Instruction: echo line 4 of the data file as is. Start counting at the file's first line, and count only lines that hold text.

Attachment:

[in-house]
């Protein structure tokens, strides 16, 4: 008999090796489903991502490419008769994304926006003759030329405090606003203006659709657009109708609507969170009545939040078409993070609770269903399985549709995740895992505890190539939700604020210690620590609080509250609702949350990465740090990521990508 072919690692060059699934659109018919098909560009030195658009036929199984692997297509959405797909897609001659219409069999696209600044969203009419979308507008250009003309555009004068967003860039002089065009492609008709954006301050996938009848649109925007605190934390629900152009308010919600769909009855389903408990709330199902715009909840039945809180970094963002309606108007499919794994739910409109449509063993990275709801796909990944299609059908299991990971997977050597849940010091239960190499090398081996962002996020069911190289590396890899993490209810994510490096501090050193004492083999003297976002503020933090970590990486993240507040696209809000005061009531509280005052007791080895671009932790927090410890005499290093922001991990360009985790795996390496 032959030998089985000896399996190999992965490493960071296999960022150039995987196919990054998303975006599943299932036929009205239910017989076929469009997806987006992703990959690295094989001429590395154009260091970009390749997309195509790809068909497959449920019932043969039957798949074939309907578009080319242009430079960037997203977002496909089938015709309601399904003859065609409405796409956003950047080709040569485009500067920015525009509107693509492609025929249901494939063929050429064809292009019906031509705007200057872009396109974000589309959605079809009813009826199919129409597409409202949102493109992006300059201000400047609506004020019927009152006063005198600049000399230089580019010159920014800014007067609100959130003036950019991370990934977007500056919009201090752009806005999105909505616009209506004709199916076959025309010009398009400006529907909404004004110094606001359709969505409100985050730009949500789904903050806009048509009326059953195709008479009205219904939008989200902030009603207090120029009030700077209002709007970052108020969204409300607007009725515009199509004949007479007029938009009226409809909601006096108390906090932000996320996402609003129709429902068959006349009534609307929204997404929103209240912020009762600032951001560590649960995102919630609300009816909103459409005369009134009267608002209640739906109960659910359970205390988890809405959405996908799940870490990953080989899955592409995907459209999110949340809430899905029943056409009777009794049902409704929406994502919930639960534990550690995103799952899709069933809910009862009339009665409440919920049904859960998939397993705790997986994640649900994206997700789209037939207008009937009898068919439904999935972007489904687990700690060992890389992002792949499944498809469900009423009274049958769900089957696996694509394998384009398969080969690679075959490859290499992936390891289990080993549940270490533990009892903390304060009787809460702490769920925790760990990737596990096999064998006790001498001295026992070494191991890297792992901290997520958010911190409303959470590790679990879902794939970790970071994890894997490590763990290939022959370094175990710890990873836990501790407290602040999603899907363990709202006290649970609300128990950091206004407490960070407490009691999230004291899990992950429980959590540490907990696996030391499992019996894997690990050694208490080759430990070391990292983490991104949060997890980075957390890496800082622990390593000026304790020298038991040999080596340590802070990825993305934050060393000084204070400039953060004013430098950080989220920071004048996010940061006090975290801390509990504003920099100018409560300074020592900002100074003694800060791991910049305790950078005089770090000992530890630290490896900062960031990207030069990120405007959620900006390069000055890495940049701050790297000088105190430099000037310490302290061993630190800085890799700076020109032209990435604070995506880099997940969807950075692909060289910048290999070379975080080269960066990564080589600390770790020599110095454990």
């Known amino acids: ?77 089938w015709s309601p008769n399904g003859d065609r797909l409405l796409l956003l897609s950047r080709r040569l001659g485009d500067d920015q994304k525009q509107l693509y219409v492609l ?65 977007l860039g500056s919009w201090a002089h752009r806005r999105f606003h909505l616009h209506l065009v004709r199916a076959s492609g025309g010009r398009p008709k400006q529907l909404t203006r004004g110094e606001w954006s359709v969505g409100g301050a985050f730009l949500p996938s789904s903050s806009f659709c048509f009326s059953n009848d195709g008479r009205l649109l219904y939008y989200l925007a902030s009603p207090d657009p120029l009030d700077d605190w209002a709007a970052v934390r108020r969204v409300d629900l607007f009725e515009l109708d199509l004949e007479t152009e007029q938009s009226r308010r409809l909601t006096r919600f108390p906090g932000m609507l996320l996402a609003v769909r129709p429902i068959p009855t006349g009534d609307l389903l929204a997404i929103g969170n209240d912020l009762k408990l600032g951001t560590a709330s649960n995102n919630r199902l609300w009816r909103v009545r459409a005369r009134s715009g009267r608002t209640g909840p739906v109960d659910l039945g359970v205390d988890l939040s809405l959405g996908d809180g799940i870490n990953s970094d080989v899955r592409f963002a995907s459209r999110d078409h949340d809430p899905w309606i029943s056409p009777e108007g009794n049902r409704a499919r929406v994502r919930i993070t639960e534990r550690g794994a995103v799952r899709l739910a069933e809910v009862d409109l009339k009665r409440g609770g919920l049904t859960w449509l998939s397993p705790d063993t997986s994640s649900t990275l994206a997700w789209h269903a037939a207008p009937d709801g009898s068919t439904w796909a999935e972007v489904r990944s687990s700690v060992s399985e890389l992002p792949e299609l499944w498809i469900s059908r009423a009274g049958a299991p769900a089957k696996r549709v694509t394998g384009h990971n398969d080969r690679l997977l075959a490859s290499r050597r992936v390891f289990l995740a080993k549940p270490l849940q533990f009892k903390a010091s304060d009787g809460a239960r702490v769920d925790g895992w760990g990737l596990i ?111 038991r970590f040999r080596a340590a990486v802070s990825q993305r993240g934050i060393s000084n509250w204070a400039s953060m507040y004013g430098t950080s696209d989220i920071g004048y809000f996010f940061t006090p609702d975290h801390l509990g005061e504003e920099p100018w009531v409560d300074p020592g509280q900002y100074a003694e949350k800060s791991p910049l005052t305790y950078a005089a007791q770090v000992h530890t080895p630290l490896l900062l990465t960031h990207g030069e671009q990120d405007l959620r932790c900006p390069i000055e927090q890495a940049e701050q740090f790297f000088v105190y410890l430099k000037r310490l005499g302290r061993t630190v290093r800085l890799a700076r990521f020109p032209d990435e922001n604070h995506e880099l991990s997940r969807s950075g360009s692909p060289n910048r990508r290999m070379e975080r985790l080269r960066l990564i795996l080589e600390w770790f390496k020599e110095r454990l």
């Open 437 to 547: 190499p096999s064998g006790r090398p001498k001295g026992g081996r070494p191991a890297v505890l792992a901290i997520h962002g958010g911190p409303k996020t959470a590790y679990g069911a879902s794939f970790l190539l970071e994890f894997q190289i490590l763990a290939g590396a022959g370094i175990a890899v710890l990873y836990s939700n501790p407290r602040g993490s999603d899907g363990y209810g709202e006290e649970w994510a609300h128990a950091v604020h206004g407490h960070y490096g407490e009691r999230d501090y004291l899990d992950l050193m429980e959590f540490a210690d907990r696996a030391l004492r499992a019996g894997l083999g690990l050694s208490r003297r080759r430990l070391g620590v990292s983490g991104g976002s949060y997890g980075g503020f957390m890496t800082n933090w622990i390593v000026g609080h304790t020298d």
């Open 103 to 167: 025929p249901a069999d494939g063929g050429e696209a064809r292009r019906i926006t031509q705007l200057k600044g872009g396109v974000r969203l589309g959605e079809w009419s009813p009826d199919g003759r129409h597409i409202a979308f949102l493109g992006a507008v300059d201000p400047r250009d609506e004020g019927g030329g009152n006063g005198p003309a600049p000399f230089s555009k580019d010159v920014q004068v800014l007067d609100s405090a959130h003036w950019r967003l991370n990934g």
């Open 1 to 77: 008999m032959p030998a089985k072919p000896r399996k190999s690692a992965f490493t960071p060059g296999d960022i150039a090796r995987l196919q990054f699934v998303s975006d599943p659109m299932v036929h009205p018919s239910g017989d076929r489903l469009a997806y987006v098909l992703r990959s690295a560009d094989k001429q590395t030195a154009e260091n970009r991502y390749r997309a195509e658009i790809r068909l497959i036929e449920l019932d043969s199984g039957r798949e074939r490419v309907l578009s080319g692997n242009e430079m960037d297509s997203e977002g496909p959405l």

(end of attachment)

């Open 437 to 547: 190499p096999s064998g006790r090398p001498k001295g026992g081996r070494p191991a890297v505890l792992a901290i997520h962002g958010g911190p409303k996020t959470a590790y679990g069911a879902s794939f970790l190539l970071e994890f894997q190289i490590l763990a290939g590396a022959g370094i175990a890899v710890l990873y836990s939700n501790p407290r602040g993490s999603d899907g363990y209810g709202e006290e649970w994510a609300h128990a950091v604020h206004g407490h960070y490096g407490e009691r999230d501090y004291l899990d992950l050193m429980e959590f540490a210690d907990r696996a030391l004492r499992a019996g894997l083999g690990l050694s208490r003297r080759r430990l070391g620590v990292s983490g991104g976002s949060y997890g980075g503020f957390m890496t800082n933090w622990i390593v000026g609080h304790t020298d």